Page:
People who travel frequently for work and need to look presentable after long flights, with no time to stop at a hotel, can benefit from a portable steam iron. These are usually cordless, instead running on batteries, and are typically small enough to place in a carry-on. Models that heat up quickly are also useful for busy individuals.

As with all devices that produce heat, safety features are always important in a steam iron. Some models come with carrying cases made of thermally-stable plastics, so the iron can be safely stowed away after use, reducing the chance that someone accidentally touches it while it’s still hot. Retractable cords are convenient and also enhance safety, reducing the chance of someone tripping over an iron's cord as it is splayed out across the ground.

For larger steam jobs, one might need an iron with a large water reservoir. While some tanks only hold 10 ounces or less, larger models can contain over 30 ounces of water, allowing the user to steam several full suits or items made of tough materials without needing to refill. If a person needs this type of steamer, they should consider one that can safely sit on the floor, as these can be very heavy. For precision jobs, one should look for a model that delivers steam at predictable intervals of time, and that disperses it evenly across the entire soleplate.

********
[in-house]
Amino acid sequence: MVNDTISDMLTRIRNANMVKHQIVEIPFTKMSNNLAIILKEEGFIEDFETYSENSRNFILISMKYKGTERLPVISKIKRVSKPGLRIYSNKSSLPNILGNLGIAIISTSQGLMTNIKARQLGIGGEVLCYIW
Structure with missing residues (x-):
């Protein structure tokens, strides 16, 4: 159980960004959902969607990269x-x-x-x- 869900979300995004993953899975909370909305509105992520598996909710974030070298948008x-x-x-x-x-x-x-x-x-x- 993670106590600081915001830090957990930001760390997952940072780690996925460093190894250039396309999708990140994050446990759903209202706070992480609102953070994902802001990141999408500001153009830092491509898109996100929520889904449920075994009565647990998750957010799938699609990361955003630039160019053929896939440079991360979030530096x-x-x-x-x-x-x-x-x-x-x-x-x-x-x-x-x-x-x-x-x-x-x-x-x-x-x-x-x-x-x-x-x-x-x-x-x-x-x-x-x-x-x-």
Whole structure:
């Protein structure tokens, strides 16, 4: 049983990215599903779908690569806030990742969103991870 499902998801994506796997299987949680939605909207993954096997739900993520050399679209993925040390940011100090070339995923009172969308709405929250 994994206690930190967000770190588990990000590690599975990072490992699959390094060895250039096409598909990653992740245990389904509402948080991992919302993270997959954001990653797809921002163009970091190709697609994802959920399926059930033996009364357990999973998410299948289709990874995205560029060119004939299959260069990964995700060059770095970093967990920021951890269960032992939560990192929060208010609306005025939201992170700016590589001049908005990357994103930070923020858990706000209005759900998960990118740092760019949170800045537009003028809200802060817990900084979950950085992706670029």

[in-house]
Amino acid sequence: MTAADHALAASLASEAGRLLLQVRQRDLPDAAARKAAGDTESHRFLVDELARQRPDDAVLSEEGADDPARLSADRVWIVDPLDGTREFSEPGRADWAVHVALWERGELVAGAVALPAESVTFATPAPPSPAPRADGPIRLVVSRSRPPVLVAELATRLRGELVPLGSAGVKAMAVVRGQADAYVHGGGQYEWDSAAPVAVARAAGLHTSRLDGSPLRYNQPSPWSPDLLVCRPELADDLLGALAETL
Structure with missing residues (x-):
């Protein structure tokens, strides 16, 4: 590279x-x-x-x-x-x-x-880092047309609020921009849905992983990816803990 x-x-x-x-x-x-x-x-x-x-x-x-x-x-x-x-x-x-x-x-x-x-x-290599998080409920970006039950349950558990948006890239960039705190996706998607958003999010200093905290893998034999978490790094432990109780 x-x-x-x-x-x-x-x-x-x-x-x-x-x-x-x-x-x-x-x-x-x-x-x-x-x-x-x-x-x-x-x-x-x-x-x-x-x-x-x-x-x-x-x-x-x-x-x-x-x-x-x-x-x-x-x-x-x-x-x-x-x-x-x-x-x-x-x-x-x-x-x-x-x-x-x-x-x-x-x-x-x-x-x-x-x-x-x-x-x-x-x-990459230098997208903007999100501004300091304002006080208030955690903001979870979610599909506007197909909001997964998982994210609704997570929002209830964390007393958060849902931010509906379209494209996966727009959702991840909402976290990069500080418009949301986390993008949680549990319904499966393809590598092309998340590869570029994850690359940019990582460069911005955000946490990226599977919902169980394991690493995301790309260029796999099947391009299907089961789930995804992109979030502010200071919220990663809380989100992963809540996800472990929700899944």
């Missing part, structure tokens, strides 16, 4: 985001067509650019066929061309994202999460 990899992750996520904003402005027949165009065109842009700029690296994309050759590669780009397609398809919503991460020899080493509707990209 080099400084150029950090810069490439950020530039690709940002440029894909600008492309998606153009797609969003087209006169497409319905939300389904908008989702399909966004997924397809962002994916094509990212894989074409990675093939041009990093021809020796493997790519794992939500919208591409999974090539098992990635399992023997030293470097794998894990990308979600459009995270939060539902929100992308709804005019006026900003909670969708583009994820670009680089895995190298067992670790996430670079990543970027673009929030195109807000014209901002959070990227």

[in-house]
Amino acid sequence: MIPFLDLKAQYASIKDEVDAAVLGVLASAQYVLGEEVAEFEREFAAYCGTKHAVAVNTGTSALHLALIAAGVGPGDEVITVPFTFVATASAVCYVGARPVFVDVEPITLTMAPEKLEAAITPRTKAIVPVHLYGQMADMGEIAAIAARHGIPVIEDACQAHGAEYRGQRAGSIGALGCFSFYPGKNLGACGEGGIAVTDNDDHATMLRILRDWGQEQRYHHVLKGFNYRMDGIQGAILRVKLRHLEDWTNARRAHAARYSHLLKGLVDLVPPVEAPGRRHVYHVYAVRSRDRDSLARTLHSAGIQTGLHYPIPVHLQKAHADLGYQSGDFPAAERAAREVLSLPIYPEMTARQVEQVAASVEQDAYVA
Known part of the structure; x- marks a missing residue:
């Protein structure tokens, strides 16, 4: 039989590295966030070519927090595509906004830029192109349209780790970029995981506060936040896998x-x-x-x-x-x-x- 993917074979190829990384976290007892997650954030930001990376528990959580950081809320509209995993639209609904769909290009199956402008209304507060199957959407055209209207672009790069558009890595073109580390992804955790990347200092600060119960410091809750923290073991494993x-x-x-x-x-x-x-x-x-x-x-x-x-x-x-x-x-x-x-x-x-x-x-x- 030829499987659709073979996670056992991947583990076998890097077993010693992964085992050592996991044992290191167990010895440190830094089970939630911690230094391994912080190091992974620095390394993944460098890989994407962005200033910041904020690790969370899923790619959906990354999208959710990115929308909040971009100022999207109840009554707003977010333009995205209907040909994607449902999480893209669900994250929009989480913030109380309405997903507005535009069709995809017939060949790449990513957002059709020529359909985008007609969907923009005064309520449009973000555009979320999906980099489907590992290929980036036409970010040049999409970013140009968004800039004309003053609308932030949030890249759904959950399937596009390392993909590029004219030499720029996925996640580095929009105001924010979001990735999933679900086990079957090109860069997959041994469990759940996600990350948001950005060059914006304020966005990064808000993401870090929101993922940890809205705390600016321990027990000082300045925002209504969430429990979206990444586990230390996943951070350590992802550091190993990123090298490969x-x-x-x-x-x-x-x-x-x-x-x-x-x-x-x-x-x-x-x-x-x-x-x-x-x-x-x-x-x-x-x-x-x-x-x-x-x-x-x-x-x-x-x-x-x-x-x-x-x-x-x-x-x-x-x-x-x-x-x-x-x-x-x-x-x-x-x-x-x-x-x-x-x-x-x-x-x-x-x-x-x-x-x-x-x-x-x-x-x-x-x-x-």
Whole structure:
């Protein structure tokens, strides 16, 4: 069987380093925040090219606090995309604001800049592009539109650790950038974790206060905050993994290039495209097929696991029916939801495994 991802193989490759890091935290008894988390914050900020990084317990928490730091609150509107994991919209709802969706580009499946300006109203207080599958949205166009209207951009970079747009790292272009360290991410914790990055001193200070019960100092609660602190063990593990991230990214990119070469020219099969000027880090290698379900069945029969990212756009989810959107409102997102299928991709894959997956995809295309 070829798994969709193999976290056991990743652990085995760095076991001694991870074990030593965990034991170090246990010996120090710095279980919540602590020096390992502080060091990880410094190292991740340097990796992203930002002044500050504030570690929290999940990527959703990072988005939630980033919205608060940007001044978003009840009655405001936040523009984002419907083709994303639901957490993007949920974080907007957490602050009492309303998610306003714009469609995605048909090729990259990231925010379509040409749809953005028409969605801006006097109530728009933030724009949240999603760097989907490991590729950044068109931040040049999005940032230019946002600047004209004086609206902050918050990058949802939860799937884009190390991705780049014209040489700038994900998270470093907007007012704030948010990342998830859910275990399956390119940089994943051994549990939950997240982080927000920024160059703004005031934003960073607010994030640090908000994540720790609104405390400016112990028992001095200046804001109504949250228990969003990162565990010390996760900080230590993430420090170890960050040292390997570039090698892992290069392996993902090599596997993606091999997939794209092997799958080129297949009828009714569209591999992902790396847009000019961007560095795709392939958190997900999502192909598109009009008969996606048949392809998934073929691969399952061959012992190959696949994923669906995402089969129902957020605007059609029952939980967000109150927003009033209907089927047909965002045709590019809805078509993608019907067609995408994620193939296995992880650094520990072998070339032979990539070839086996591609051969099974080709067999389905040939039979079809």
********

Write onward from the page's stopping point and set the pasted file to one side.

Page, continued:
When creating heat-enforced lines like pleats on trousers, a model with a sharp tip is best. If one works with delicate fabrics with specific temperature requirements, the limited materials listed on some dials won’t suffice and one may need an iron that lets them manually adjust the thermostat. An LCD screen can also be helpful if it tells information like water temperature and gives alerts when the tank needs to be refilled.

The History Of The Hot Iron

People have been combining metal and heat for centuries in order to iron clothing. In first century BCE China, people placed hot coals in metal pans and applied them to fabric. The pans were replaced in the 17th century by slabs of cast iron that were heated over a fire, and this is conceivably where the term flat iron came from. In certain parts of India, coconut shells replaced charcoals because they withstand as much heat and are readily available.

In the 19th and 20th centuries, many homes had pipes that fed natural gas or carbide gas to appliances such as light fixtures and liquid fuel irons. These peculiar devices resemble more of a cheese grater than an iron, and were sold in the United States until the end of World War II, when it was realized their combustible nature posed a dangerous threat. They were eventually replaced with electrical units, and were controlled by a thermostat that could be turned on and off as needed to maintain the appropriate temperature. The Industrial Age ushered in the use of aluminum and stainless steel on the soleplate, as well as heat resistant plastic coatings.

A man named Thomas Sears created the first steam iron. A New York drying and cleaning company marketed the commercial model in 1926, but they did not make many sales. A Chicago native named Max Skolnik received the first patent for an electric steam iron in 1934 and, in 1938, he sold the rights of his product to Steam-O-Matic Corporation. Skolnik’s model was the first one to have commercial success and led to the popularity of the electrical steam iron.


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Last updated on May 23, 2018 by Quincy Miller

Quincy is a writer who was born in Texas, but moved to Los Angeles to pursue his life-long dream of someday writing a second page to one of his screenplays.